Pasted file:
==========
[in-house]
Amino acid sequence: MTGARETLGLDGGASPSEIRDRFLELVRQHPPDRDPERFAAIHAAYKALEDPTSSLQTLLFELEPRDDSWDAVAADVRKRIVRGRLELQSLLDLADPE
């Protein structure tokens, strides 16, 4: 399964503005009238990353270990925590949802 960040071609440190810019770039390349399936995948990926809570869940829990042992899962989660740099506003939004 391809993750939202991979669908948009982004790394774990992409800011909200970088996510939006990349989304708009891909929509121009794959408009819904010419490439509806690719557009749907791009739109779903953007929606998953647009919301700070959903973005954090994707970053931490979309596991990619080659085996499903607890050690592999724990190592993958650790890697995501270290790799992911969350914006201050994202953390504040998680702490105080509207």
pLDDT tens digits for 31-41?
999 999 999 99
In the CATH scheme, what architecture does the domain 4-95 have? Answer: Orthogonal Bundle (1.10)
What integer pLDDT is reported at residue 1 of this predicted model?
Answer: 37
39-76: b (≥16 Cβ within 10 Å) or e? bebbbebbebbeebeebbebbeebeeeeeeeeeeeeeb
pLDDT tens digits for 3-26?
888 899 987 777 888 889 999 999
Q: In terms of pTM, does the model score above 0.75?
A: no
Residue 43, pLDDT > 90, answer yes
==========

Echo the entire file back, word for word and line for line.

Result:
[in-house]
Amino acid sequence: MTGARETLGLDGGASPSEIRDRFLELVRQHPPDRDPERFAAIHAAYKALEDPTSSLQTLLFELEPRDDSWDAVAADVRKRIVRGRLELQSLLDLADPE
């Protein structure tokens, strides 16, 4: 399964503005009238990353270990925590949802 960040071609440190810019770039390349399936995948990926809570869940829990042992899962989660740099506003939004 391809993750939202991979669908948009982004790394774990992409800011909200970088996510939006990349989304708009891909929509121009794959408009819904010419490439509806690719557009749907791009739109779903953007929606998953647009919301700070959903973005954090994707970053931490979309596991990619080659085996499903607890050690592999724990190592993958650790890697995501270290790799992911969350914006201050994202953390504040998680702490105080509207």
pLDDT tens digits for 31-41?
999 999 999 99
In the CATH scheme, what architecture does the domain 4-95 have? Answer: Orthogonal Bundle (1.10)
What integer pLDDT is reported at residue 1 of this predicted model?
Answer: 37
39-76: b (≥16 Cβ within 10 Å) or e? bebbbebbebbeebeebbebbeebeeeeeeeeeeeeeb
pLDDT tens digits for 3-26?
888 899 987 777 888 889 999 999
Q: In terms of pTM, does the model score above 0.75?
A: no
Residue 43, pLDDT > 90, answer yes